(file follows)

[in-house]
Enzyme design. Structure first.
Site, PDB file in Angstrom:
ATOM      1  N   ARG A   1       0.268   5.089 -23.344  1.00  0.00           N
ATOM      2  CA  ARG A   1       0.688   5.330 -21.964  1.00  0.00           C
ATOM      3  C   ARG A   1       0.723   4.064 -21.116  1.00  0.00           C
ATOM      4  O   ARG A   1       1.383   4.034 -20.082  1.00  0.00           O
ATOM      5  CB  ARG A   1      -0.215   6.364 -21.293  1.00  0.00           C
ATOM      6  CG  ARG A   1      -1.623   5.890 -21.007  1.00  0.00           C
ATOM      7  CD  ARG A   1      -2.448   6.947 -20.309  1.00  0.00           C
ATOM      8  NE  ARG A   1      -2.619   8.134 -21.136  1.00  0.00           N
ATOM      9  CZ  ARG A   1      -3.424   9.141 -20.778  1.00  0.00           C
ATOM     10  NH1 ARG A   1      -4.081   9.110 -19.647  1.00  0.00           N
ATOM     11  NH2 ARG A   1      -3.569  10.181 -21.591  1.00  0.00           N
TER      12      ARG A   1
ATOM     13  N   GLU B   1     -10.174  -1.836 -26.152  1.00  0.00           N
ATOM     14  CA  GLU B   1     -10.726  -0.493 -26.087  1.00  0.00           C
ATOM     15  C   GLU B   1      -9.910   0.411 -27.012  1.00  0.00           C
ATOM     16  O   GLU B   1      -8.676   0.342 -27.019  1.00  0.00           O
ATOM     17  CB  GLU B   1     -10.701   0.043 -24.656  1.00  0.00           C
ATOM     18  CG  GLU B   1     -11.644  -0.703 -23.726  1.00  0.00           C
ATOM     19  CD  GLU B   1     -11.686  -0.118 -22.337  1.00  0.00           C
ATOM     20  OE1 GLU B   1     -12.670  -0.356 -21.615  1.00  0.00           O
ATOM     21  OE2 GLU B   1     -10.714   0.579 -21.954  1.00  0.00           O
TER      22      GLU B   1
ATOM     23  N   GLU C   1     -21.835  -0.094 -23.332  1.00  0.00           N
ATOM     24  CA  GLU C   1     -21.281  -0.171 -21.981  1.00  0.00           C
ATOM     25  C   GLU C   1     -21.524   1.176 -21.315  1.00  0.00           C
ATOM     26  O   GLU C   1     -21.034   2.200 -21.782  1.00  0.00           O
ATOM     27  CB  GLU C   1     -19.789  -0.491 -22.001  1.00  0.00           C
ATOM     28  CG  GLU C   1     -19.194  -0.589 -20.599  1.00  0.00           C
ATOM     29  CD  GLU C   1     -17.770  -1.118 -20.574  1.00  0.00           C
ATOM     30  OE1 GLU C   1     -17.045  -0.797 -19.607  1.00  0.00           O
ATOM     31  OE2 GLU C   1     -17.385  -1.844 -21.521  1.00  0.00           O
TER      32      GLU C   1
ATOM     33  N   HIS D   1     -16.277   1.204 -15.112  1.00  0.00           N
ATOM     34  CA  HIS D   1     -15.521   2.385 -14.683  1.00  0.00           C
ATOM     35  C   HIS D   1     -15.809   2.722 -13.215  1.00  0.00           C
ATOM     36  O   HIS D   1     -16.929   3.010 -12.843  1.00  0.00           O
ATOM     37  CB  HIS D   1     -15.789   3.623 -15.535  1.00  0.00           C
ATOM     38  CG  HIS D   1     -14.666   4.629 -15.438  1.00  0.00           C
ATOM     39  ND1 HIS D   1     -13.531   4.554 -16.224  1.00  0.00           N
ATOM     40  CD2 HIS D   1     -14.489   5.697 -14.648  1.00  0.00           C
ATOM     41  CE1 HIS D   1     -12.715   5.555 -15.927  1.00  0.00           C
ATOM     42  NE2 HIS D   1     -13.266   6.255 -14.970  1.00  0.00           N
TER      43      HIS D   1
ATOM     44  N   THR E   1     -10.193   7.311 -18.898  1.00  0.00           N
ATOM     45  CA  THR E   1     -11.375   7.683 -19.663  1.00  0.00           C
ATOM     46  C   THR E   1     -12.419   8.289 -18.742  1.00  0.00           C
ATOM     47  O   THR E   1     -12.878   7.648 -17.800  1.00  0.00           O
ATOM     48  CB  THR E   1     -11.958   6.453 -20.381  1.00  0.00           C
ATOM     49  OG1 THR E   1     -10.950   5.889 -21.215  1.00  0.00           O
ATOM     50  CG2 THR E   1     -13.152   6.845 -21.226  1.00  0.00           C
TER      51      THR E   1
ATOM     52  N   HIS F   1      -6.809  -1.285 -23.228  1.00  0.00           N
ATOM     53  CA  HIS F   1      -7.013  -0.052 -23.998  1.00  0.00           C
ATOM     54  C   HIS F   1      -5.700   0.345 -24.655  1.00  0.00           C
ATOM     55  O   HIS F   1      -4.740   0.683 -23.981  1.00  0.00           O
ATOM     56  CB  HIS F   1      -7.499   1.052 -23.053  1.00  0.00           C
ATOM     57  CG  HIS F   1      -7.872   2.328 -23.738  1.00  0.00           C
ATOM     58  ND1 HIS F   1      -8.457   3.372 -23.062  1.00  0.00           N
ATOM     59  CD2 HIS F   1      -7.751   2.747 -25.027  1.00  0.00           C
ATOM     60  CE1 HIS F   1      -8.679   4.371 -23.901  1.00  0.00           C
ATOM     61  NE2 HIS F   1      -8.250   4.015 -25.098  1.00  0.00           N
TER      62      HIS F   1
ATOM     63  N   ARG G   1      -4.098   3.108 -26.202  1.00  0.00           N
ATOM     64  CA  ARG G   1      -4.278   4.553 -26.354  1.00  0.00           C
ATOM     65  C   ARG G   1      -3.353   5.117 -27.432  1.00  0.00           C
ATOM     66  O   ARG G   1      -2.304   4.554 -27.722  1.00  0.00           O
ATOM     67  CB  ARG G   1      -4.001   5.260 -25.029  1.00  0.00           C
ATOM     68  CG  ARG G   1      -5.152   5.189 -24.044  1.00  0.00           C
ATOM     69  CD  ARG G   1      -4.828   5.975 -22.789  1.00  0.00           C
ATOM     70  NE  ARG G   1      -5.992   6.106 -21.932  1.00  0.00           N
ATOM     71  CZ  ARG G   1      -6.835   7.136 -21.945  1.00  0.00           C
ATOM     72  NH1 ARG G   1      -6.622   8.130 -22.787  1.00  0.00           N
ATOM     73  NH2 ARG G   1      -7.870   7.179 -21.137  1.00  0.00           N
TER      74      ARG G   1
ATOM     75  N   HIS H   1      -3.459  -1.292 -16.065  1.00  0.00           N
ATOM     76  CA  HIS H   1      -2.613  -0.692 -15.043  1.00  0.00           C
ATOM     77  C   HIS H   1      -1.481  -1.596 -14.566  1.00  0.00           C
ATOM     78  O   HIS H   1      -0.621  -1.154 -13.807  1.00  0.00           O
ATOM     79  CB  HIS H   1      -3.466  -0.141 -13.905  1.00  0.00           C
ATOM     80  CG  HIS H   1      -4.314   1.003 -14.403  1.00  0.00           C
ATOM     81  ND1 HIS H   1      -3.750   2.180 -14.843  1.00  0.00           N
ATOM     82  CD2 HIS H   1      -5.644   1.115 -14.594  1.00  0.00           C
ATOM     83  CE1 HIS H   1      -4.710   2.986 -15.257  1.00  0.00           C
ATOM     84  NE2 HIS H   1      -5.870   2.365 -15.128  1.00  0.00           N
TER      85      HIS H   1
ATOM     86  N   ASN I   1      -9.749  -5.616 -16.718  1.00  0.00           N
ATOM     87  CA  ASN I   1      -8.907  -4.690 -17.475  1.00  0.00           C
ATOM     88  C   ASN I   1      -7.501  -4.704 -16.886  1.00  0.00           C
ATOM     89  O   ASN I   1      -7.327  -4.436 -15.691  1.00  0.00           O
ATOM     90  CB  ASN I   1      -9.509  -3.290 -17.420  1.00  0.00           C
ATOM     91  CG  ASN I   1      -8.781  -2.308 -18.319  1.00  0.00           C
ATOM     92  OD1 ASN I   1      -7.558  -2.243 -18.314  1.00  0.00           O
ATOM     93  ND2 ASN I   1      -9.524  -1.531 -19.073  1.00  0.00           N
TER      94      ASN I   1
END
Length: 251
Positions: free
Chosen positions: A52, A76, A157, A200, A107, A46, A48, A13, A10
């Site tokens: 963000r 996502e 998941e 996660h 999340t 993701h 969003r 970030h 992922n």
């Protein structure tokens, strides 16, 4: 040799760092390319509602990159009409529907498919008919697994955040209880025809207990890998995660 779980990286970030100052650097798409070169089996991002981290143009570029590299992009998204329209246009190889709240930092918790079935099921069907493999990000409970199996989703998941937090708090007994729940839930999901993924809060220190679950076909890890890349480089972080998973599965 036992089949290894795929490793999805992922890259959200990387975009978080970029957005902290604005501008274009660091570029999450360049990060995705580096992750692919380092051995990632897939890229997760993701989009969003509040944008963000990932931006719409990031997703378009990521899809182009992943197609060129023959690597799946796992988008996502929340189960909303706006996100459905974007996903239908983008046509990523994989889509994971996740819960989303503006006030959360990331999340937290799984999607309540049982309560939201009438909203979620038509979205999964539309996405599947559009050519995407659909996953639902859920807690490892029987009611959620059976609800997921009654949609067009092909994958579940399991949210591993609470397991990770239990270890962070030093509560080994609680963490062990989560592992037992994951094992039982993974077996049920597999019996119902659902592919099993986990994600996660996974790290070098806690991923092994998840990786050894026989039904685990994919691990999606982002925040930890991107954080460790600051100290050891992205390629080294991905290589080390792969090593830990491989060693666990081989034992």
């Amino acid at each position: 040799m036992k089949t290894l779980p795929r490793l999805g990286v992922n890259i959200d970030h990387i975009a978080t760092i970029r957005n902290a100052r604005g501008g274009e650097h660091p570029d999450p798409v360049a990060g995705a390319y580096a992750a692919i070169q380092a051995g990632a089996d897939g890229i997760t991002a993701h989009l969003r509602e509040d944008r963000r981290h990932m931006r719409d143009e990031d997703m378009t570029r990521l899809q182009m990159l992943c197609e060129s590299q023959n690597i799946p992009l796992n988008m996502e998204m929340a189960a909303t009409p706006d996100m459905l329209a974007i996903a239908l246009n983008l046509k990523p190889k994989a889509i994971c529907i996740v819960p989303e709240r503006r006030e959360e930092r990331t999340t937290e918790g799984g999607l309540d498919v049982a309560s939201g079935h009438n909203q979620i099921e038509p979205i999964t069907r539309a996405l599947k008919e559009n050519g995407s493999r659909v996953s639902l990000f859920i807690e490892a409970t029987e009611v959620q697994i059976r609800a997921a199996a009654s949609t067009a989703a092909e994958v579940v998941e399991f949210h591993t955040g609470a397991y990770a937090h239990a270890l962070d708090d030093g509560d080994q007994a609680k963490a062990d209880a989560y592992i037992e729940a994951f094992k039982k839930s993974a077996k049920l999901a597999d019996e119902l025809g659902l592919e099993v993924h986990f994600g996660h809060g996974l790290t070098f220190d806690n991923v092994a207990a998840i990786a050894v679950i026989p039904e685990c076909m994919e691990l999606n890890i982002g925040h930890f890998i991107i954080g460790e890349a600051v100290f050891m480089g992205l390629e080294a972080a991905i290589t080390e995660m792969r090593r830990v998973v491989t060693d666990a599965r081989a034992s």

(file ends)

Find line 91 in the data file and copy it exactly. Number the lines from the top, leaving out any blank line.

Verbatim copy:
ATOM     88  C   ASN I   1      -7.501  -4.704 -16.886  1.00  0.00           C